In some cases, however, tracks highlight the identity crisis and flawed concept that can, at times, grate on a player's patience. The Monaco course, for example, has tight turns and tricky manoeuvres galore, forcing a slowing of pace to crawling-level in the tighter bends. Yet the core kart-style mechanics don't suit these sort of turns — you have no speedometer, no gears, visual indicators of limited use and dumb AI rivals that will jostle you to death to pursue their tram-track lines. And to top it all off, you're being hit by power-ups. That's the confusion of the concept: sometimes F1 Race Stars: Powered Up Edition is happy to let you race a Formula 1-shaped kart and dab the breaks occasionally, but sometimes wants you to use the ill-fitting tools for more precise cornering. As a result it can fluctuate from fun to frustrating, depending on the course.

It can be an uneven experience, in that respect, but there are a number of modes and positives to draw racers in. The Play option allows some freedom in messing around with rules, adding and removing power-ups, levels of damage and other conditions; with friends around for multiplayer, this is full of potential. Career mode is bit of a hotchpotch construction, in truth, and you will loop around through the 15 tracks multiple times, but is a fairly structured way to try out the various in-race modes. As well as standard racing, there's 'pure' racing with no power-ups, slalom racing where you target gates, elimination racing, and more. Slalom is a stand-out in our view, while these tweaks can add some nice diversity — in the fuel race you have to balance between collecting canisters to top up your tank, or stretch it further for higher speeds.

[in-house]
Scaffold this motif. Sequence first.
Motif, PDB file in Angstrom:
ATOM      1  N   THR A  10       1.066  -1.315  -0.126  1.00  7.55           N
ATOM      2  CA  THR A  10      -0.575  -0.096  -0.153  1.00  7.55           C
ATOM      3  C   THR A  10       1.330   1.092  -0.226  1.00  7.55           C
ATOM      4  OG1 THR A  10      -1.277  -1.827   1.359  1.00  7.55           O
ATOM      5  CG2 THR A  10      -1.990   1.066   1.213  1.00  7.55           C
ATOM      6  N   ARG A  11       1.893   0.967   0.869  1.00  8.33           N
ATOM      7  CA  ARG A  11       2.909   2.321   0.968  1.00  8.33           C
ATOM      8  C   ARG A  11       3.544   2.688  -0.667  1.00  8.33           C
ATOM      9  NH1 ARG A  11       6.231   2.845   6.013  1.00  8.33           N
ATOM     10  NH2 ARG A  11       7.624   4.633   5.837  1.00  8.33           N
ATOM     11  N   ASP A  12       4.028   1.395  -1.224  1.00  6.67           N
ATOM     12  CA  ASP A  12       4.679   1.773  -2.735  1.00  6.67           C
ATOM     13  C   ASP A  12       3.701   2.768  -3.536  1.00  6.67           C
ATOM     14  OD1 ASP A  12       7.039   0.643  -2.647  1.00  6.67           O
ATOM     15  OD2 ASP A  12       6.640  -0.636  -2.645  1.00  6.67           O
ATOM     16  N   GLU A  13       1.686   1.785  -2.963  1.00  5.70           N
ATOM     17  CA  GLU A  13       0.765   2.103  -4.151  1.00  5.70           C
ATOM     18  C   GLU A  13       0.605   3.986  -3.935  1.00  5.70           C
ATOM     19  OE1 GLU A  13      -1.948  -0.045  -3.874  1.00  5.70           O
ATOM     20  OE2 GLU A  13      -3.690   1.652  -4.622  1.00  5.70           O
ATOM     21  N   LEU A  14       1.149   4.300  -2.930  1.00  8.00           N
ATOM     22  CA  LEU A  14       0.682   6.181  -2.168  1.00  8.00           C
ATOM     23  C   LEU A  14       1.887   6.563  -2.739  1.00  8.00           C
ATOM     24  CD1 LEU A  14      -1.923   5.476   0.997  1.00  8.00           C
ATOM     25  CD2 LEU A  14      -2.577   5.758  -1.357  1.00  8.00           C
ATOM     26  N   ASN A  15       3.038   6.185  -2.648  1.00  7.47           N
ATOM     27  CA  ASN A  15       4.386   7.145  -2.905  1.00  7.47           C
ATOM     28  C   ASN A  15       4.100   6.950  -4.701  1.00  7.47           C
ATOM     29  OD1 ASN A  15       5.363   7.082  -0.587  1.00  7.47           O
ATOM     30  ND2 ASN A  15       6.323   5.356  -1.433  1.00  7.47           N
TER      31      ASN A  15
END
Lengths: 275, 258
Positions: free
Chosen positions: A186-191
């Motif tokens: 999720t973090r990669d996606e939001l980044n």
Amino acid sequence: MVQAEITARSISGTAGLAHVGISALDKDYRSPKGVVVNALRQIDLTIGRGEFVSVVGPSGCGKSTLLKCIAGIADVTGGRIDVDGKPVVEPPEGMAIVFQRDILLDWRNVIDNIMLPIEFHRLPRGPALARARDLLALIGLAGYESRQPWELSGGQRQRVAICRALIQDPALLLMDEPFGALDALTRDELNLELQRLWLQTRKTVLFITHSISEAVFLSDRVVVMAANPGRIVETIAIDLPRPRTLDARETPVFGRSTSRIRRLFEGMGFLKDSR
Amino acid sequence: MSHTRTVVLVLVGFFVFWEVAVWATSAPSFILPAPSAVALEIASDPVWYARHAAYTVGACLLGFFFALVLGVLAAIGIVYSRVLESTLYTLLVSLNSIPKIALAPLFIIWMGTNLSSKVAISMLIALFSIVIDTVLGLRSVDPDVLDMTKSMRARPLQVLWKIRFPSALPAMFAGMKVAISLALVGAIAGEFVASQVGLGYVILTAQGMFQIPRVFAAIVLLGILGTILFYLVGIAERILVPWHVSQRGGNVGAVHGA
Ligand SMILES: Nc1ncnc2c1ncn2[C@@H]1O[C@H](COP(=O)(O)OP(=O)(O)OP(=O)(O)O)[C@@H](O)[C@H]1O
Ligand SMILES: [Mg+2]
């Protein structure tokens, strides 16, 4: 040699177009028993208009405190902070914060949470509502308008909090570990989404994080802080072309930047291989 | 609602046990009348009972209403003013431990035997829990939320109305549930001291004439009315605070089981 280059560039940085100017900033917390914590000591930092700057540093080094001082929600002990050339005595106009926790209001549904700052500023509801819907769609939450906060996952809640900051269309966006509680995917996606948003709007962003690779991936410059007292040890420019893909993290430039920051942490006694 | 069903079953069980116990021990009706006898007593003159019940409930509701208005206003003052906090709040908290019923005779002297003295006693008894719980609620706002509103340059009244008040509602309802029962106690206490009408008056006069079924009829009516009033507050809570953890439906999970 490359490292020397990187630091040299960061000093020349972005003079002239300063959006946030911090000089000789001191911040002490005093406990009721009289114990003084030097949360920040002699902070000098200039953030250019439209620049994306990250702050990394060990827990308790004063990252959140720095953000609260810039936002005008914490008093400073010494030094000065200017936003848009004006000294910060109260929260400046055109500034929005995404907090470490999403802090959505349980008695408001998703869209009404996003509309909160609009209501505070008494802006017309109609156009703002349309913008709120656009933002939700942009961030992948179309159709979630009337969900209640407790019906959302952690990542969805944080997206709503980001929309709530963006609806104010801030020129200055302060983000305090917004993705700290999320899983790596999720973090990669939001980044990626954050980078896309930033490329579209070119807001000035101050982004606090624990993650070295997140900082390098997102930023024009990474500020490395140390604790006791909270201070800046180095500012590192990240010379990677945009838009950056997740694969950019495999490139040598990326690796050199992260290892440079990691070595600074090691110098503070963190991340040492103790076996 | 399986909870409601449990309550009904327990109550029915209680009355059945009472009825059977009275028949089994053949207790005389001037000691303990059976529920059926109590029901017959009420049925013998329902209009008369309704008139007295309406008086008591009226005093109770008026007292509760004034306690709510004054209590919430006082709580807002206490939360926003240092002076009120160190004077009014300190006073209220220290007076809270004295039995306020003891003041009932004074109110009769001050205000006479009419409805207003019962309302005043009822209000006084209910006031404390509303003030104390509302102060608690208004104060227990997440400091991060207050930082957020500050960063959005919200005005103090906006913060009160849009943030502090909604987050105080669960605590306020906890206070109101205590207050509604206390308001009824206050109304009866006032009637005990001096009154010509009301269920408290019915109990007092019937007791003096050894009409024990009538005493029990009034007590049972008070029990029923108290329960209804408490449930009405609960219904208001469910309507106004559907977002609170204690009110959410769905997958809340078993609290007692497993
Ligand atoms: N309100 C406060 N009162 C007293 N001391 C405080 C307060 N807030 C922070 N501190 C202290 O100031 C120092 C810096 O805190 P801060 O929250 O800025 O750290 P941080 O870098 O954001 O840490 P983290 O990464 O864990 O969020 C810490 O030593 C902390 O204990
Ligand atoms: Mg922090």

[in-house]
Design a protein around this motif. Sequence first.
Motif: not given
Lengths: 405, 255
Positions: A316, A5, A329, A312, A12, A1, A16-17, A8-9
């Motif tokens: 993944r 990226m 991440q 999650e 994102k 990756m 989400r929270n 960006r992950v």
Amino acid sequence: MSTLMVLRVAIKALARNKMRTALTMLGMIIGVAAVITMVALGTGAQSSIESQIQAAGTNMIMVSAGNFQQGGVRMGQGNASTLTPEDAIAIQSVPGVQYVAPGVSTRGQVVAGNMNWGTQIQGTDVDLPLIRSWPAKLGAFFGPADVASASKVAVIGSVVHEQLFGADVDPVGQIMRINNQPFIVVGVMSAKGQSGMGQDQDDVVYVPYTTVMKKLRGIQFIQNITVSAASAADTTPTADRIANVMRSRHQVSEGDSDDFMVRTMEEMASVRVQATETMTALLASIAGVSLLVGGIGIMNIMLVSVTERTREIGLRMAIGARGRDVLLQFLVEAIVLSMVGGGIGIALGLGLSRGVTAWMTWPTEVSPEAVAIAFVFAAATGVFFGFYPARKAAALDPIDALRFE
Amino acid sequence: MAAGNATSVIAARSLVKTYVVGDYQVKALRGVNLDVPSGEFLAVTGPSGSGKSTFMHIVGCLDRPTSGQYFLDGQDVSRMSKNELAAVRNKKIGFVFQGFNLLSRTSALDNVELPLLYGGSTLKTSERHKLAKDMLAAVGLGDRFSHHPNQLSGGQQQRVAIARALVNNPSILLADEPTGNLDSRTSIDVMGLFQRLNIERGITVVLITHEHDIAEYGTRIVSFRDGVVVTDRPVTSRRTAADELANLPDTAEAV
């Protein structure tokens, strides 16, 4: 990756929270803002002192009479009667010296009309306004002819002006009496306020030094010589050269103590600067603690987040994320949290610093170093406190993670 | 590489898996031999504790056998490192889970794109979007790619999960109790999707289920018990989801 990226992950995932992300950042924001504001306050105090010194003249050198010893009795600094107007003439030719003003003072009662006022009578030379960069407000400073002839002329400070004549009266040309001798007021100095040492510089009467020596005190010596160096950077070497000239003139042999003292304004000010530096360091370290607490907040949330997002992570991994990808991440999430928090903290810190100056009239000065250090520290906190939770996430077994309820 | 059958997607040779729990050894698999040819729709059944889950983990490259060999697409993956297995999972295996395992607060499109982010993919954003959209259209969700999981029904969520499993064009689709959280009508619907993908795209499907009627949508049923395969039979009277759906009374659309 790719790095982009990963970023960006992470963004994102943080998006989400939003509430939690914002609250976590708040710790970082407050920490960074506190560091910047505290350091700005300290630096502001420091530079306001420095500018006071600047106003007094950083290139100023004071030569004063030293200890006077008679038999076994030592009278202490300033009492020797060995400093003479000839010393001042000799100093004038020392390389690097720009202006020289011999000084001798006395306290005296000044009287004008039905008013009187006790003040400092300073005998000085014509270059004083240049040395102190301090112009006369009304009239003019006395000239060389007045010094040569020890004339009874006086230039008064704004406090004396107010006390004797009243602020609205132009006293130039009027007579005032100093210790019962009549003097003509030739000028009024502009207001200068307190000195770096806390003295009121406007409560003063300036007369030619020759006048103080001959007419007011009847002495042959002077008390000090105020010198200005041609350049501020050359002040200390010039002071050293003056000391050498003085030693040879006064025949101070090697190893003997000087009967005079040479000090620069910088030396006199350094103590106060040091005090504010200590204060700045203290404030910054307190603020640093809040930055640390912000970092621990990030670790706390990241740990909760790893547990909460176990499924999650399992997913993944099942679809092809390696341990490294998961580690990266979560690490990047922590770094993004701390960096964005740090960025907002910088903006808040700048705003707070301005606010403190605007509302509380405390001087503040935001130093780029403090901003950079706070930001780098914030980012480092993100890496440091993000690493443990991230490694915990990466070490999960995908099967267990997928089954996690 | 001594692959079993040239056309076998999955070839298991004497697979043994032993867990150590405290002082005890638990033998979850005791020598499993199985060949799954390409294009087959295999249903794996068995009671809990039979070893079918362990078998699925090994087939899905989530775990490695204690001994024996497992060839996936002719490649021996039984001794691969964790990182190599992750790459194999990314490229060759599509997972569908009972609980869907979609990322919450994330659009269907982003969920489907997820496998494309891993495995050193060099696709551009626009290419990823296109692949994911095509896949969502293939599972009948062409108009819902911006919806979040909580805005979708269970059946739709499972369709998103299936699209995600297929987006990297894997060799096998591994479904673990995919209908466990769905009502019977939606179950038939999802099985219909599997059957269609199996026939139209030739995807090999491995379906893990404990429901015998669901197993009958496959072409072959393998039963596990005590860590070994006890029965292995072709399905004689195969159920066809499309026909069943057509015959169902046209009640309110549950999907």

These modes show the game in its best light, with playful iterations on the core idea. Other neat touches are that different F1 teams — you can pick drivers or, amusingly, race as your Mii — have alternative special power-ups; in our case we favoured the triple bubble of the Lotus team. They add an extra tactical dynamic, while the in-race weapons themselves are dull in design — many are bubbles — but enjoyable in practice. The bullet bill alternative is an uncorked bottle of bubbly, while homing missiles are joined by rain clouds, in which everyone else is slowed by the rain while you breeze along with normal speed and handling. The power-ups are, for the most part, a lot of fun and perfectly functional.